Teach100 Mentor: First-Year Teacher Mentoring


Though most teachers experience some back-to-school jitters in September, first year teachers undoubtedly have the most anxiety to cope with. From navigating paperwork and logistics to managing classrooms full of students, the learning curve can be steep.

That's why so many schools have adopted first-year teaching mentoring programs--including 60% of our surveyed Teach100 Mentors, who also report having mostly been mentored during their own first year (67%).

So how important is this practice, and how much does it actually help with retention (undoubtedly the desired result)?

We asked our Teach100Mentors and here's what they had to say:

Have you mentored other teachers? What did you learn from the experience? What did you need to provide assistance or guidance with the most?

“As a Special Education teacher, I realized that the perspective is so different than General Education that to transition is very difficult for most teachers. The big challenge: seeing the big picture (the whole classroom) while attending to the student's individual needs. A unique teaching assignment.” Melanie Link Taylor, MsTeachuh

“Yes. I learned to listen and not be quick to judge. Thoughtful sharing of my own experiences was key. I needed time set aside to help mentor my new colleague.” Karen Bolotin, KB Konnected

“I learnt that what I assume is easy or not scary isn't the same for everyone. It was good for me to have to think about my own teaching practice rather than take what I do for granted” Rachel Jones, Create, Innovate, Explore

As a first-year teacher, what would you have appreciated having a mentor to help you with? (And if you DID have a mentor, what were they most helpful with?)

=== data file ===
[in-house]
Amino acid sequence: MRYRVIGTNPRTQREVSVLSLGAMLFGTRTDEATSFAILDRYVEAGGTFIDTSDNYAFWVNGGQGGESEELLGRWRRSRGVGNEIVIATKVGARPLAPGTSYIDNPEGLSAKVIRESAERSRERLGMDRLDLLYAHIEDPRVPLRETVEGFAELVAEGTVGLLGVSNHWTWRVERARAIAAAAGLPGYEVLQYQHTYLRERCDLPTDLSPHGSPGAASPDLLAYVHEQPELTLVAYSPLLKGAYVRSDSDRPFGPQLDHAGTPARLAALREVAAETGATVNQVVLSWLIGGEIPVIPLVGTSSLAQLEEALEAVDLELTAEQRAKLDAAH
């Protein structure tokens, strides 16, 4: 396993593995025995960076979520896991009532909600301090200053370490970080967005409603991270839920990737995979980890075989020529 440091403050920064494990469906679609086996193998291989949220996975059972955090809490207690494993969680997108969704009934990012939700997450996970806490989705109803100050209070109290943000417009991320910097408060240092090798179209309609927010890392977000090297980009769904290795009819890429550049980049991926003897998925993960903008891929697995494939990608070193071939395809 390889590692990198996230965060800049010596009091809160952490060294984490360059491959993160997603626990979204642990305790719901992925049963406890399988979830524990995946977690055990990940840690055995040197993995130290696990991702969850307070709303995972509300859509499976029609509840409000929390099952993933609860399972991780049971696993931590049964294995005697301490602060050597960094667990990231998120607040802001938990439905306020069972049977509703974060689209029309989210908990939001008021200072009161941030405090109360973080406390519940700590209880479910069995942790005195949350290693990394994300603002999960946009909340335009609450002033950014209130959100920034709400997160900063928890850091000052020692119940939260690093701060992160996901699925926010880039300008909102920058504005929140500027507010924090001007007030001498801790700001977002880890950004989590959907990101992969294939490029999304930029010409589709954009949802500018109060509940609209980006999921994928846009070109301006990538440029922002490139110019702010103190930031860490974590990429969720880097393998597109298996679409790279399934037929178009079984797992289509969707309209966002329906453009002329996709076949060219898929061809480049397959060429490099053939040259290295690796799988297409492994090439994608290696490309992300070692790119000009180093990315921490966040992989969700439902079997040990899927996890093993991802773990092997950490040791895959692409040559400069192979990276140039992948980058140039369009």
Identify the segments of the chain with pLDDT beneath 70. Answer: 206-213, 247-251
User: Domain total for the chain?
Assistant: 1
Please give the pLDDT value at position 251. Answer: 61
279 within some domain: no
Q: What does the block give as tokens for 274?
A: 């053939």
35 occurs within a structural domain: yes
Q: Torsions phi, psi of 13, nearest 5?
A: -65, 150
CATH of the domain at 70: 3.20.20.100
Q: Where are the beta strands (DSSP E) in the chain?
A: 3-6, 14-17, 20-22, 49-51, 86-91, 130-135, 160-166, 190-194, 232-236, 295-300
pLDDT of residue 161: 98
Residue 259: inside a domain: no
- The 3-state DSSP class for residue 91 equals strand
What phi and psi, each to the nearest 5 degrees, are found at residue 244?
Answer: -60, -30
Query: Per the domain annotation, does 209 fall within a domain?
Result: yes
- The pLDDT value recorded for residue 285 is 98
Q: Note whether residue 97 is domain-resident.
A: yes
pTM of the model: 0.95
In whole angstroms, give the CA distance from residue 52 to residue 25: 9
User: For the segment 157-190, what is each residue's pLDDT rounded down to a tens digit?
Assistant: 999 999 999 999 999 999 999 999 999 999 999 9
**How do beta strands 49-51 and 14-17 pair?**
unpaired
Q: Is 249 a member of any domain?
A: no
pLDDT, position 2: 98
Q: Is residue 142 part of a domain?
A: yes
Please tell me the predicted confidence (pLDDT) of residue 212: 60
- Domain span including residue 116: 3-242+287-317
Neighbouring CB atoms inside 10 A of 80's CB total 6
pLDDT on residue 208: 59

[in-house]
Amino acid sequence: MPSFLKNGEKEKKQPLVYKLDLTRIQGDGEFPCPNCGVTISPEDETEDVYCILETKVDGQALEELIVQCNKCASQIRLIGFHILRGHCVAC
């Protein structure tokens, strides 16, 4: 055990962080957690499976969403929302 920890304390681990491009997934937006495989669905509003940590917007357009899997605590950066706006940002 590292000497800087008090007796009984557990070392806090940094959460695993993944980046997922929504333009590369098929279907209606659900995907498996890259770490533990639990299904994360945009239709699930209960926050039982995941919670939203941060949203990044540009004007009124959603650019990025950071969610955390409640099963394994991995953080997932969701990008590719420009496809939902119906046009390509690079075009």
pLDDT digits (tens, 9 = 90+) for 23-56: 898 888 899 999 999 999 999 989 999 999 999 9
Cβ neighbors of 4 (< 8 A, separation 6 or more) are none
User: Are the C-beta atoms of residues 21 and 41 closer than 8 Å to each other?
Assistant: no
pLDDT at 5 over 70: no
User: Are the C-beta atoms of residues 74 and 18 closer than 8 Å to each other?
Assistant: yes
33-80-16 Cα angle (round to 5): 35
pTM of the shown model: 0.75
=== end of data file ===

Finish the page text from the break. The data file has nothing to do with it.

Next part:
"I would have appreciated more input concerning the ability to not be baited by middleschoolers. The best advice I did receive was to keep in close contact with parents." Melanie Link Taylor, MsTeachuh

"My mentor was instrumental in helping me navigate the waters and minor things that just aren't covered in college classes or textbooks." Christopher J. Nesi, House of #EdTech

"Teaching isn't the sort of profession in which a newly-hired person knows everything that you have to know. It is helpful to have someone their to say that it is OK to still be learning the best way to handle different situations." Peter Cincotta, What's So Good About Public Education In America?

"Yes... I was in multiple buildings." Jeff Bradbury, TeacherCast

"Yes. I was the only special ed. teacher in our building. It was my first teaching job. It would have helped. The Art teacher and two grade level teachers befriended me, but couldn't help with the academics." Marcia, Learning in Bliss

"I think most Helpful was being encouraged to reflect on lessons in a meaningful way. It's easy to rush into the next thing without giving enough thought as to why a lesson did or didn't work." Rachel Jones, Create, Innovate, Explore

Do you think mentors are an effective way to combat new teacher burnout? How might mentors specifically increase the odds of keeping a new teacher in the field?

"Rather than only specified meetings, a spontaneous ‘how are you doing, here's a snack' is also important. Honesty plus caring might just keep teachers teaching." Melanie Link Taylor, MsTeachuh

"Mentors are great sounding boards and serve in the role of role model and also counselor. The best way a mentor can help a new teacher is to coach them--not direct them. Show them the hows and whys." Christopher J. Nesi, House of #EdTech

"New teachers need support. They need to know what "normal" is." Marcia, Learning in Bliss

"Mentors have the potential to help with burn out, but too often the mentor is just selected. I think they need to be paired more effectively and there needs to be time set aside to spend with the mentee. Building relationships always helps make the challenging times easier, so this can be helpful." Starr Sackstein, www.starrsackstein.com

"I think mentors can help with new teacher burnout. Helping new teachers see that they are not alone and that they are experiencing common challenges and frustration make managing those issues easier." Lisa Friedman, Removing the Stumbling Block

"Not they way done in my district. Mentoring is a 1/2 time job and it was treated like something that would take an hour a week. Mentors need to have release time to be most effective." Todd Bloch, Sweat to Inspire

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